What was advertised in a colonial American newspaper 250 years ago this week?
“Intend shortly to exhibit Proposals for publishing a NEWS-PAPER.”
Robert Hodge and Frederick Shober took to the pages of the Maryland Gazette, published in Annapolis, in the fall of 1772 to advise prospective customers that they did “PRINTING In all it’s DIFFERENT BRANCHES … with the greatest neatness, accuracy and dispatch” at their “NEW PRINTING-OFFICE” in Baltimore. At the time, the Maryland Gazette was the only newspaper published in the colony, so it served Baltimore as well as Annapolis.
Hodge and Shober, however, had plans for establishing their own newspaper in Baltimore. They declared that they “intend shortly to exhibit Proposals for publishing a NEWS-PAPER, which shall be justly entitled to the Attention and Encouragement of this FLOURISHING TOWN and PROVINCE, both for ENTERTAINMENT and ELEGANCE.” They were not the only entrepreneurs to decide that Baltimore seemed ready for its first newspaper. A week earlier, the Maryland Gazette carried an extensive subscription proposal in which William Goddard announced his plans to publish “THE MARYLAND JOURNAL, AND BALTIMORE ADVERTISER … as soon therefore as I shall obtain a sufficient Number of Subscribers barely to defray the Expence of the Work.” In a market that did not yet have one newspaper, Hodge and Shober competed with Goddard in their efforts to launch two newspapers simultaneously.
Neither met with immediate success. Goddard, who was already printing the Pennsylvania Chronicle at the time he published his subscription proposal, did not manage to take the Maryland Journal to press until August 20, 1773, ten months after he announced his plans for the newspaper. Hodge and Shober never published a newspaper. In his monumental History of Printing in America (1810), Isaiah Thomas notes that the partners purchased “printing materials” in 1772 and “began business in Baltimore, where they intended to have published a newspaper; but, not meeting with the encouragement they expected, before the end of the year they left Baltimore, and settled in New York.” A variety of factors likely contributed to their decision to relocate. Competing with Goddard for subscribers to Baltimore’s first newspaper probably did not help their prospects in the city.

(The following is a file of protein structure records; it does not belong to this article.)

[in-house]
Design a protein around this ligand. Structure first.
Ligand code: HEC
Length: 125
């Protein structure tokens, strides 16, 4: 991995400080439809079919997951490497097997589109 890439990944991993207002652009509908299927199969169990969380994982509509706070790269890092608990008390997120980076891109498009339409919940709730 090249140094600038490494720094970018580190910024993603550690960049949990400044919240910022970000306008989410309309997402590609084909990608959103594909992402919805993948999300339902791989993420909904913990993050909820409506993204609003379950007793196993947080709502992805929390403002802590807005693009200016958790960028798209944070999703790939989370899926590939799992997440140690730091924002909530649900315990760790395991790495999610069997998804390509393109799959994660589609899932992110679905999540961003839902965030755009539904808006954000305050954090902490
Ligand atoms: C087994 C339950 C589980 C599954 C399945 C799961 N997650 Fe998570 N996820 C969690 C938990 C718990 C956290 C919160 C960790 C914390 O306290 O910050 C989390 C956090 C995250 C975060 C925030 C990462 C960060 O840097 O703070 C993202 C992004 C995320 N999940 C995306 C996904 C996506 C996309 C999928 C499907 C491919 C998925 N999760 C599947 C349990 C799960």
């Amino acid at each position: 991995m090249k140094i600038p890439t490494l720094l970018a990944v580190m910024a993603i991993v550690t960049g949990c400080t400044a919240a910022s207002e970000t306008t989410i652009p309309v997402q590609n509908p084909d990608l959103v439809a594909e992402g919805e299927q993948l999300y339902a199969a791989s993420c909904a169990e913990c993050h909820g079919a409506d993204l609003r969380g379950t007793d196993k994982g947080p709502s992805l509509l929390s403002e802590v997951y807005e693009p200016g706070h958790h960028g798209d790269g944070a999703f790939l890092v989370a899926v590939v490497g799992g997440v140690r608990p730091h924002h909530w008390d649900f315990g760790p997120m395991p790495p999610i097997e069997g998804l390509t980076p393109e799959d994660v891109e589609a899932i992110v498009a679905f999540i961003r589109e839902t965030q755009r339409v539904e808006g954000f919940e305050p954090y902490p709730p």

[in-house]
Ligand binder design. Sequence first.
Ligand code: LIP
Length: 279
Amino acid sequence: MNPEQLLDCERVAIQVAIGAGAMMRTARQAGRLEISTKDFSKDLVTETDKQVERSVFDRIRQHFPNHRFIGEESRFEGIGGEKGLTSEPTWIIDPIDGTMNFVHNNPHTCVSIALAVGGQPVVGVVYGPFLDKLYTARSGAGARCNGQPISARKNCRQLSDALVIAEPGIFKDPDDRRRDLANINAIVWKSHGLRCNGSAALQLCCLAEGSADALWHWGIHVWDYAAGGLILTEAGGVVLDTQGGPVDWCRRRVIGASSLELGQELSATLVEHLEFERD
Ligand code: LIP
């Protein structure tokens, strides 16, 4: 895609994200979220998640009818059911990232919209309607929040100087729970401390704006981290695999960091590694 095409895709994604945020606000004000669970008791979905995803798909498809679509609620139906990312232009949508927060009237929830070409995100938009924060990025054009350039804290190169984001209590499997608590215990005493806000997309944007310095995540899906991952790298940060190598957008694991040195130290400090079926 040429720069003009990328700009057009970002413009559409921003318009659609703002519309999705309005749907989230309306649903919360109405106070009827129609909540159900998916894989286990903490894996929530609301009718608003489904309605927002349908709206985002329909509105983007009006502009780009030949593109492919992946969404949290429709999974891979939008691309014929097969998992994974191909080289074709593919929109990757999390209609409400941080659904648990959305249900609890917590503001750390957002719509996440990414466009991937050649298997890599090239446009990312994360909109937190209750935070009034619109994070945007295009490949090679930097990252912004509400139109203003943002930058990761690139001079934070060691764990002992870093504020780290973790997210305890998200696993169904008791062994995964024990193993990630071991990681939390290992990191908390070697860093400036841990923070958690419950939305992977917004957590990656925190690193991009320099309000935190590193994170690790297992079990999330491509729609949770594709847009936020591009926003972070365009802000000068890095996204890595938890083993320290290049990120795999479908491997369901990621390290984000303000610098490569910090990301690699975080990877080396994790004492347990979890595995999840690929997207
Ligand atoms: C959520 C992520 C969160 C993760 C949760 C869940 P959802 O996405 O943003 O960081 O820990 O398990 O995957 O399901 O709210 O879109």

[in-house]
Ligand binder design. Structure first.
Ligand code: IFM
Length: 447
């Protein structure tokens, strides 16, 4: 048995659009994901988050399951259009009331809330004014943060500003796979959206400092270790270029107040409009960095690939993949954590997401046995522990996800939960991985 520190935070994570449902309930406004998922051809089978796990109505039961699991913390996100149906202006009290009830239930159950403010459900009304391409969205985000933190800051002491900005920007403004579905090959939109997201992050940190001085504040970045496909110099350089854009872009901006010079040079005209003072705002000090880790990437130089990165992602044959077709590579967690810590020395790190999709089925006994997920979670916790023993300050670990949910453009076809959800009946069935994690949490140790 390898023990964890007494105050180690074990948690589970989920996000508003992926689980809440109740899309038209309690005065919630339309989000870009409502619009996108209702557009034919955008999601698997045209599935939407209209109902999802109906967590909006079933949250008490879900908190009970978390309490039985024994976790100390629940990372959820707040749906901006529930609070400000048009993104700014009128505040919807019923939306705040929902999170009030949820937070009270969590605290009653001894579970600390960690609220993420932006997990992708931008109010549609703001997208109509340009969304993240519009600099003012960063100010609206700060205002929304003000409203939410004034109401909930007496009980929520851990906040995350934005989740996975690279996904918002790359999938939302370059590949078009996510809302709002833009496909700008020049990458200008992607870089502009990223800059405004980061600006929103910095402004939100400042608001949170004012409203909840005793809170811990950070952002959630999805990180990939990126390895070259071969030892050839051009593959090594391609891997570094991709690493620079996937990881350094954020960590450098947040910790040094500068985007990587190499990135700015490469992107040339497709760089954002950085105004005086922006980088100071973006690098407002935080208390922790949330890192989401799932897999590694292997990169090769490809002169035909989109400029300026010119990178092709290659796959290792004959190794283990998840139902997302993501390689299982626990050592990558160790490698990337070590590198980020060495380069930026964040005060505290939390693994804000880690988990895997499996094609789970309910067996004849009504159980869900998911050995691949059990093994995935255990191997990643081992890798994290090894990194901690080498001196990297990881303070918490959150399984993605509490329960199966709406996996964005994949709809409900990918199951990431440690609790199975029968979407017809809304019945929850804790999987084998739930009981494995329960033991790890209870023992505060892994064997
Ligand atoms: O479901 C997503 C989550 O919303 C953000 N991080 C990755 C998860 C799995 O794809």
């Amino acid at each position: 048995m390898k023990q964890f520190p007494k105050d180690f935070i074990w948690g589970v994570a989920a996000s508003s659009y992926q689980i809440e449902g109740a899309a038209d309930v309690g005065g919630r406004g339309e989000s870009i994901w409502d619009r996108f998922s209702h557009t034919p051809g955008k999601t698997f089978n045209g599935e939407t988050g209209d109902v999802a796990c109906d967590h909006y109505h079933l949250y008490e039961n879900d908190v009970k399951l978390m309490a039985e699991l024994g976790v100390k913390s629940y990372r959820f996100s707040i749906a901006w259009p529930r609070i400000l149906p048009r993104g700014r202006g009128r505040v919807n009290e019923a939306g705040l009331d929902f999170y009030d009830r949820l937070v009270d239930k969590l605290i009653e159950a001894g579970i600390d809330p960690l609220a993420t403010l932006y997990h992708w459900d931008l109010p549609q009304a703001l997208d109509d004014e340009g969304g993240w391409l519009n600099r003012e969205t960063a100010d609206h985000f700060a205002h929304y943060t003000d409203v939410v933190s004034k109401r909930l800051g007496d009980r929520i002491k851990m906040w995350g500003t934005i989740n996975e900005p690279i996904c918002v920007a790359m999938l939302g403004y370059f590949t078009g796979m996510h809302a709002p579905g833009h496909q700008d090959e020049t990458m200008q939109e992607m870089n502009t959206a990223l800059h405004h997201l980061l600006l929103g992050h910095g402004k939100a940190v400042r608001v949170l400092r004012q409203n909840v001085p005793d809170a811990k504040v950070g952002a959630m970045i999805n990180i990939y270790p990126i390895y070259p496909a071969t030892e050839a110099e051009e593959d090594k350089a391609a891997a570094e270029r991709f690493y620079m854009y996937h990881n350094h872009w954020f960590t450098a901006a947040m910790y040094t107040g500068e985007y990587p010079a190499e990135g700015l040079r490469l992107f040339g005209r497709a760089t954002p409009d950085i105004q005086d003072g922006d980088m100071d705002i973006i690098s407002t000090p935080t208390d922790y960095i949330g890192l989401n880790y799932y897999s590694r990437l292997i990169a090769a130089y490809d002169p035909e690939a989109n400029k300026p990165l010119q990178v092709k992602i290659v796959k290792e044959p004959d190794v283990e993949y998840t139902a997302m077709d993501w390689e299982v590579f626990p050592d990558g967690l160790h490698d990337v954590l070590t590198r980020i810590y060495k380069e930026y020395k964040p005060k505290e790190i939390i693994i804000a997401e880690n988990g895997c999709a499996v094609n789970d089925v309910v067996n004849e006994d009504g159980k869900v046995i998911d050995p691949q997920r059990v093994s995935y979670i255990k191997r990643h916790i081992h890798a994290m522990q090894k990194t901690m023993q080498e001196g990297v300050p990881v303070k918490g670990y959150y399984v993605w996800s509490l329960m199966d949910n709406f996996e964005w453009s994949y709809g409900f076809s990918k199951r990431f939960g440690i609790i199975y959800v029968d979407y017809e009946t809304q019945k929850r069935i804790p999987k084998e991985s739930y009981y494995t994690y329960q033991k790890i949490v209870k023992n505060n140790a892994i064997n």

After Goddard commenced publication of the Maryland Journal, Baltimore did gain a second newspaper less than two years later. John Dunlap, printer of the Pennsylvania Packet, established Dunlap’s Maryland Gazette; or the Baltimore General Advertiser on May 2, 1775. James Hayes, Jr., seems to have operated the publication on Dunlap’s behalf for three years before acquiring it for himself and changing the name to the Maryland Gazette, and Baltimore General Advertiser on September 15, 1778. Hodge and Shober were just a few years too early in their efforts, though the war almost certainly played a role in inciting interest to establish more than one newspaper in Baltimore. Under those difficult circumstances, however, Hayes removed to Annapolis just four months later. Baltimore did not have a second newspaper of any longevity until after the war.
 Isaiah Thomas, The History of Printing in America: With a Biography of Printers & an Account of Newspapers (1810; New York: Weathervane Books, 1970), 480.
 See entries in Clarence Brigham S. Brigham, History and Bibliography of American Newspapers, 1690-1820 (Worcester, Massachusetts: American Antiquarian Society, 1947) and Edward Connery Lathem, Chronological Tables of American Newspapers, 1690-1820 (Barre, Massachusetts: American Antiquarian Society and Barre Publishers, 1972).